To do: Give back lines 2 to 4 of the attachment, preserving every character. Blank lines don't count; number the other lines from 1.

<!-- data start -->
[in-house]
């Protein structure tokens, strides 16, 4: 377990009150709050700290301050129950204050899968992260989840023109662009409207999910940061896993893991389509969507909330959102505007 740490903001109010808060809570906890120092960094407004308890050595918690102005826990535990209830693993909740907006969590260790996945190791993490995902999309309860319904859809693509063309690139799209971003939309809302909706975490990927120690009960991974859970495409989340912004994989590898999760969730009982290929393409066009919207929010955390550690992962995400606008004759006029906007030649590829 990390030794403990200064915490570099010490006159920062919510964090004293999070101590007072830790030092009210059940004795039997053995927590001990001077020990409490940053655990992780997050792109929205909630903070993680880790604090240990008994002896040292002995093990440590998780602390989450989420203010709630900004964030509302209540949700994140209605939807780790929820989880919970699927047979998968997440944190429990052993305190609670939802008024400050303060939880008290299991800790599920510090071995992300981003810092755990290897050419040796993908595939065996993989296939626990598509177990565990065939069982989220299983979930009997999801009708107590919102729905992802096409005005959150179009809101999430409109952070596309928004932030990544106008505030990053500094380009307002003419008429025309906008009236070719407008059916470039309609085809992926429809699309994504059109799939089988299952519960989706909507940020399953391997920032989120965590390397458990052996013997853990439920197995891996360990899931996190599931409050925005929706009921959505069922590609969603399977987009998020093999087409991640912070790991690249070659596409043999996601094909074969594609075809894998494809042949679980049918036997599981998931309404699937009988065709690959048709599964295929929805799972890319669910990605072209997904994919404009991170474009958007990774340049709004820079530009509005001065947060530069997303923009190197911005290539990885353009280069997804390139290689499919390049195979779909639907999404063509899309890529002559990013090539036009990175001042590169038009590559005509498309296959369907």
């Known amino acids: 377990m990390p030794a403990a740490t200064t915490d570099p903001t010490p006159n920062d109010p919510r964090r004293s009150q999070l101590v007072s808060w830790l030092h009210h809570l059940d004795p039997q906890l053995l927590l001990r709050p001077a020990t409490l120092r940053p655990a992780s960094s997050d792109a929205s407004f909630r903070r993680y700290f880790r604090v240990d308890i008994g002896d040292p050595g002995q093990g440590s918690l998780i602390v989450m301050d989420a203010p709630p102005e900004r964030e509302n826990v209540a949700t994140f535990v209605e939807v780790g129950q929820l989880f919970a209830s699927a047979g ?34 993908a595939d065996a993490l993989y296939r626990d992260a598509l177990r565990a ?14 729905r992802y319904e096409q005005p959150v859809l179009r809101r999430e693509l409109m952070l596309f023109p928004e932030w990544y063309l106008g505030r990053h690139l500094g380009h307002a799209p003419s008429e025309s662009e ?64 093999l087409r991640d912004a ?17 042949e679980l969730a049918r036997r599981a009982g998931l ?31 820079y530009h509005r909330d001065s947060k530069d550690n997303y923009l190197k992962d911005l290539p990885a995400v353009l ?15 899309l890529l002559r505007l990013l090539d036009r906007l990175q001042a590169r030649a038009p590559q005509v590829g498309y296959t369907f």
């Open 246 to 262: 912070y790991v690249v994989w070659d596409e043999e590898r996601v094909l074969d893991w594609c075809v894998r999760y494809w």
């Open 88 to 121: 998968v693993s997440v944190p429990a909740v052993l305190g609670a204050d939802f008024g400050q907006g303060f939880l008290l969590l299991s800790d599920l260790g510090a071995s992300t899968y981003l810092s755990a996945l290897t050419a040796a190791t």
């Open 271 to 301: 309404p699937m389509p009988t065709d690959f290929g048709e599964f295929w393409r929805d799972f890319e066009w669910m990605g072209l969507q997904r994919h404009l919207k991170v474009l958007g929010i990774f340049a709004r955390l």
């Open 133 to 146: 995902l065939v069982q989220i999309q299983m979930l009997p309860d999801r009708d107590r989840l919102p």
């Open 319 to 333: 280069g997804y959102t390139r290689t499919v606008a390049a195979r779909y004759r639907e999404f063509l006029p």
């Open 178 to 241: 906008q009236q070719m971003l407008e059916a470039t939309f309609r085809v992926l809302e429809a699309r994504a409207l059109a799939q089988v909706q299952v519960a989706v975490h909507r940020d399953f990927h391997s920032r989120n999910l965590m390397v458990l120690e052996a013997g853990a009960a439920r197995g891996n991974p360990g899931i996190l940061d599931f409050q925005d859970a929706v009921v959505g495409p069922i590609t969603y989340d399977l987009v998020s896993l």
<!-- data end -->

């Protein structure tokens, strides 16, 4: 377990009150709050700290301050129950204050899968992260989840023109662009409207999910940061896993893991389509969507909330959102505007 740490903001109010808060809570906890120092960094407004308890050595918690102005826990535990209830693993909740907006969590260790996945190791993490995902999309309860319904859809693509063309690139799209971003939309809302909706975490990927120690009960991974859970495409989340912004994989590898999760969730009982290929393409066009919207929010955390550690992962995400606008004759006029906007030649590829 990390030794403990200064915490570099010490006159920062919510964090004293999070101590007072830790030092009210059940004795039997053995927590001990001077020990409490940053655990992780997050792109929205909630903070993680880790604090240990008994002896040292002995093990440590998780602390989450989420203010709630900004964030509302209540949700994140209605939807780790929820989880919970699927047979998968997440944190429990052993305190609670939802008024400050303060939880008290299991800790599920510090071995992300981003810092755990290897050419040796993908595939065996993989296939626990598509177990565990065939069982989220299983979930009997999801009708107590919102729905992802096409005005959150179009809101999430409109952070596309928004932030990544106008505030990053500094380009307002003419008429025309906008009236070719407008059916470039309609085809992926429809699309994504059109799939089988299952519960989706909507940020399953391997920032989120965590390397458990052996013997853990439920197995891996360990899931996190599931409050925005929706009921959505069922590609969603399977987009998020093999087409991640912070790991690249070659596409043999996601094909074969594609075809894998494809042949679980049918036997599981998931309404699937009988065709690959048709599964295929929805799972890319669910990605072209997904994919404009991170474009958007990774340049709004820079530009509005001065947060530069997303923009190197911005290539990885353009280069997804390139290689499919390049195979779909639907999404063509899309890529002559990013090539036009990175001042590169038009590559005509498309296959369907």
């Known amino acids: 377990m990390p030794a403990a740490t200064t915490d570099p903001t010490p006159n920062d109010p919510r964090r004293s009150q999070l101590v007072s808060w830790l030092h009210h809570l059940d004795p039997q906890l053995l927590l001990r709050p001077a020990t409490l120092r940053p655990a992780s960094s997050d792109a929205s407004f909630r903070r993680y700290f880790r604090v240990d308890i008994g002896d040292p050595g002995q093990g440590s918690l998780i602390v989450m301050d989420a203010p709630p102005e900004r964030e509302n826990v209540a949700t994140f535990v209605e939807v780790g129950q929820l989880f919970a209830s699927a047979g ?34 993908a595939d065996a993490l993989y296939r626990d992260a598509l177990r565990a ?14 729905r992802y319904e096409q005005p959150v859809l179009r809101r999430e693509l409109m952070l596309f023109p928004e932030w990544y063309l106008g505030r990053h690139l500094g380009h307002a799209p003419s008429e025309s662009e ?64 093999l087409r991640d912004a ?17 042949e679980l969730a049918r036997r599981a009982g998931l ?31 820079y530009h509005r909330d001065s947060k530069d550690n997303y923009l190197k992962d911005l290539p990885a995400v353009l ?15 899309l890529l002559r505007l990013l090539d036009r906007l990175q001042a590169r030649a038009p590559q005509v590829g498309y296959t369907f």
């Open 246 to 262: 912070y790991v690249v994989w070659d596409e043999e590898r996601v094909l074969d893991w594609c075809v894998r999760y494809w």